By Tim Higgins 

Apple Inc. revealed a subscription podcast service and small wireless tags to track gadgets, two new products aimed at rivals that have complained the iPhone maker uses its strength to compete unfairly.

The rollout, during Apple's first product event of the year, also featured a shelf of updated devices, including a further expansion of the company's in-house-designed processor chips to the iMac desktop computer. The chip change was part of a full iMac redesign, the first to Apple's popular desktop in years.

Apple also said it is bringing its new chips to the high-end iPad, making the tablet 75 times faster than its first iPad. The iPad Pro also comes with a brighter screen and speedy fifth-generation, or 5G, connectivity.

The Cupertino, Calif.-based company began offering the faster 5G technology in its newest iPhones last fall, helping juice sales for the device. iPad sales rose 41% in the October-to-December quarter to $8.4 billion, and other Apple products such as its Mac computers, watches and wireless headphones also saw sales increases because of the pandemic.

The tech giant topped $100 billion in quarterly sales for the first time as consumers flocked to new iterations of the iPhone and other devices.

Analysts surveyed by FactSet, on average, expect iPad sales to fall in the second half of the fiscal year compared with a year ago, but still finish 2021 in September better than a year earlier.

The latest iPad Pro will be available to order April 30. The device starts at $799, while the larger version with its brighter screen will begin at $1,099. The iMac, which will be offered in a variety of colors, begins at $1,299. Apple's new M1 chip will allow the desktop to be much slimmer, according to the company.

Some are bullish that the more powerful iPad could attract buyers. Dan Ives, an analyst for Wedbush Securities, told investors in a note that there could still be room for more growth, saying he estimates only about 40% of iPad users have upgraded in the past year.

The rollout of a paid subscription option within Apple's podcast app comes with a revamp of that app.

It underscores a core strategy that Chief Executive Officer Tim Cook has been championing before the pandemic, one focused on building out the company's digital services to fuel growth and keep consumers even more closely tied with Apple's ecosystem. The tech giant's services division generated almost $16 billion in sales in the quarter that ended in December, an almost 25% increase from the same period the previous year.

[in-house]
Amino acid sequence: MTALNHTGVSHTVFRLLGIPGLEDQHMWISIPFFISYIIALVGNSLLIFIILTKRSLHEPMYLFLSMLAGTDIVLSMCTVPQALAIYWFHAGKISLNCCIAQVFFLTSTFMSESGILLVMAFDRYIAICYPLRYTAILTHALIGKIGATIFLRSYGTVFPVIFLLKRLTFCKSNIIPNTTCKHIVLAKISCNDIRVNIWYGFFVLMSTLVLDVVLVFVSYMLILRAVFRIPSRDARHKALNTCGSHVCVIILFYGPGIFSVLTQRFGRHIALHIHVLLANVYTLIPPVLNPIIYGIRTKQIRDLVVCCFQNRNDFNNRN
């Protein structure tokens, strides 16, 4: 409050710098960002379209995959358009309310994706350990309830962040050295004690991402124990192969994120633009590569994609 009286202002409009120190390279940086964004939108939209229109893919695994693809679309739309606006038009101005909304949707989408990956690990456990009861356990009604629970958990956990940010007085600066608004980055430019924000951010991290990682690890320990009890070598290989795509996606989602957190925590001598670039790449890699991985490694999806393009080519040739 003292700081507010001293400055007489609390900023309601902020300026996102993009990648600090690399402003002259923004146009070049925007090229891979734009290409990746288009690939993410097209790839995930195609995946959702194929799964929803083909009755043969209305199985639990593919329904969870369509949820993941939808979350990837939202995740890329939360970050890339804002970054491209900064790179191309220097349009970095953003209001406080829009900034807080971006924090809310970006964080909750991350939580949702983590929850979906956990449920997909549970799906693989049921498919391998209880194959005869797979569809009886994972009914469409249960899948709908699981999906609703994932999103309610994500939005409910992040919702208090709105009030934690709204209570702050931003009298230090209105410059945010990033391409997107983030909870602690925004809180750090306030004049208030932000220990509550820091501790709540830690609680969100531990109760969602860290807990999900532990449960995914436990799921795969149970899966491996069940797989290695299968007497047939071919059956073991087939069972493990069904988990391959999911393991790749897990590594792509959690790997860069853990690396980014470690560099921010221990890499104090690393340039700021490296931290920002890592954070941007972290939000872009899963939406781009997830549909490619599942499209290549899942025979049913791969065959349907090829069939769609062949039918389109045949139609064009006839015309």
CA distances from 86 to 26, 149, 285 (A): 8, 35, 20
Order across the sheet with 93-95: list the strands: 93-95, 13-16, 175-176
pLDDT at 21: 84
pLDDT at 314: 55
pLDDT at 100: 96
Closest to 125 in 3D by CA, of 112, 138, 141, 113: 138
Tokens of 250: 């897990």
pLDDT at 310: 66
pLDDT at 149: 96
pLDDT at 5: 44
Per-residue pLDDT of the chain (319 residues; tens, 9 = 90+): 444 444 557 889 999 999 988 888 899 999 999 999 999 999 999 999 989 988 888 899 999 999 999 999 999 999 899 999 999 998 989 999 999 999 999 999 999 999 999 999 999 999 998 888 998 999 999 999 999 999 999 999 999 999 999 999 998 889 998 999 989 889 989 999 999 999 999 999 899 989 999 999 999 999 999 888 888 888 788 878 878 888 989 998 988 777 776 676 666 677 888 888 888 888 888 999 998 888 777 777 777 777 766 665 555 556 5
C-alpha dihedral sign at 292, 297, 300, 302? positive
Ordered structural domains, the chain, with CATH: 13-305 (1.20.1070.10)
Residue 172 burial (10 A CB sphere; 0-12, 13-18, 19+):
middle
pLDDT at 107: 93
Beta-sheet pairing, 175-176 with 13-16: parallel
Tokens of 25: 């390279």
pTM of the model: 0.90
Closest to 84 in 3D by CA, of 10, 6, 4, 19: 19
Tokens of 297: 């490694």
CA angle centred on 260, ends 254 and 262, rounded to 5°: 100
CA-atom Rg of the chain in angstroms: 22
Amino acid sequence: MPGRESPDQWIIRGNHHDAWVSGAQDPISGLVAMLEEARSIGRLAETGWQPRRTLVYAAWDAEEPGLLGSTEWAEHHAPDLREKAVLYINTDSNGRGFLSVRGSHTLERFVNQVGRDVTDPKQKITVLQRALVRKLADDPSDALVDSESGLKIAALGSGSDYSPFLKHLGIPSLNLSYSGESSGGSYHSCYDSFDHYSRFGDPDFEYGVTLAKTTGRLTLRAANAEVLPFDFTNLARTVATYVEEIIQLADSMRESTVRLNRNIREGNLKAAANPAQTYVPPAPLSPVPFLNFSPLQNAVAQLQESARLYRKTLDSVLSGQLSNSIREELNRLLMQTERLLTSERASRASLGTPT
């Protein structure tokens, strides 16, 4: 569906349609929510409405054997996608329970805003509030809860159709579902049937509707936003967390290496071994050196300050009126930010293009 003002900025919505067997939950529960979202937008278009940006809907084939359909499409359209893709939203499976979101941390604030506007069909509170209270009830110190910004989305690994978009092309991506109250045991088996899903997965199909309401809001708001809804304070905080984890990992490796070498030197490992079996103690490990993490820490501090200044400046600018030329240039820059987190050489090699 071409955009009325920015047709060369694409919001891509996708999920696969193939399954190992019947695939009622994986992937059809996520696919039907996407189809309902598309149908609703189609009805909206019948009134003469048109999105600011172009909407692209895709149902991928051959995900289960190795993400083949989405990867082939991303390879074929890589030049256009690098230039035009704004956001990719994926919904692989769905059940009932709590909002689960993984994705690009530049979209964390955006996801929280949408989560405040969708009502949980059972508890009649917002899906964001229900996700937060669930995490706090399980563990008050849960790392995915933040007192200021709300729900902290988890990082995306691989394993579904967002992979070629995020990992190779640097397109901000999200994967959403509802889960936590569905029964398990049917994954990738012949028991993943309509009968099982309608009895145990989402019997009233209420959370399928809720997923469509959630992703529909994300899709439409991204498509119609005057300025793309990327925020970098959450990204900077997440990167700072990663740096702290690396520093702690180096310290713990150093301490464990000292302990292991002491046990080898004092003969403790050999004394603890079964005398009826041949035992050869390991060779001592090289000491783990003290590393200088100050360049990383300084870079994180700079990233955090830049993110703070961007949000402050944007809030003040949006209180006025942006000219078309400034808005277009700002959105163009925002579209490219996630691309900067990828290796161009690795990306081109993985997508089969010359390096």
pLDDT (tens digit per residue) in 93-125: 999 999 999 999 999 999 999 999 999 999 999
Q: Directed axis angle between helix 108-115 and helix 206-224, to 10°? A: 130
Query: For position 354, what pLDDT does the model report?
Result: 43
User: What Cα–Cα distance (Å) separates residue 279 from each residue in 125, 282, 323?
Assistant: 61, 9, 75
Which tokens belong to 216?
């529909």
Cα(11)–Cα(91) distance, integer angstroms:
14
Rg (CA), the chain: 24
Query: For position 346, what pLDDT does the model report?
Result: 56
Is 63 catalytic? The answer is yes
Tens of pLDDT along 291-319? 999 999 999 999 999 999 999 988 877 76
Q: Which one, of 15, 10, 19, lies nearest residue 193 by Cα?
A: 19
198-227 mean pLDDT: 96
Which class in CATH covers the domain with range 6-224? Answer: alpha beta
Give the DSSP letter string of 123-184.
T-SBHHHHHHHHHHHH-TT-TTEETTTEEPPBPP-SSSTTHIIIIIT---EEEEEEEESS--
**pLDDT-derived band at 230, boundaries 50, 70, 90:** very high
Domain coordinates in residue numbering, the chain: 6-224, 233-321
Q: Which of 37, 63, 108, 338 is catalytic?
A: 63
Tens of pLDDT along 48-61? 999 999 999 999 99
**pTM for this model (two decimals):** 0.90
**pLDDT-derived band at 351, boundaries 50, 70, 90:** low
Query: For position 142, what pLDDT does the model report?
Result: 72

Mr. Cook's services-driven strategy will put Apple in closer competition with partners that have grown more vocal in complaints about how the company uses its might in ways they say are anticompetitive.

The European Union has opened formal probes into Apple in part after Spotify Technology SA accused the tech giant of abusing its control over how apps appear in its App Store. Apple has denied wrongdoing. Spotify has complained for years that Apple aimed to limit competition to benefit its own streaming service.

In 2005, Apple helped make podcasts mainstream by bringing the medium to iTunes. The format has taken off since then with listeners and advertisers, and tech companies have been scrambling recently to beef up their offerings.

Spotify has been adding subscribers thanks to its focus on podcasts, spending big money to lock in high-profile talent such as Joe Rogan. Amazon.com Inc. has signaled its expanded interest in podcasts by purchasing Wondery.

Spotify is set to overtake Apple in terms of U.S. podcast listeners this year, according to a forecast from research firm eMarketer. An average of 28.2 million people in the U.S. will listen to podcasts on Spotify at least monthly, while 28 million will listen through Apple Podcasts, eMarketer said.

In 2019, Apple's market share was 34% of podcast listeners, which is set to fall to 23.8% in 2021, according to eMarketer.

The tracking device revealed Tuesday had been expected for a while. Called AirTag, the devices can be affixed to users' bags or other items to track with their iPhone, similar to a product by Tile Inc.

Tile has complained that Apple has made it harder to use its service in advance of the expected AirTag rollout. The company's allegations were part of a Congressional report last year on big tech companies' practices that some have deemed unfair. Apple has denied wrongdoing.

"We welcome competition, as long as it is fair competition," Tile CEO CJ Prober said in a statement. "Unfortunately, given Apple's well documented history of using its platform advantage to unfairly limit competition for its products, we're skeptical."

Apple will begin taking orders for AirTag on Friday, with the products arriving April 30. They are selling for $29 apiece or as a four-pack for $99.

--Benjamin Mullin contributed to this article.

Write to Tim Higgins at Tim.Higgins@WSJ.com

 

(END) Dow Jones Newswires

April 20, 2021 14:22 ET (18:22 GMT)

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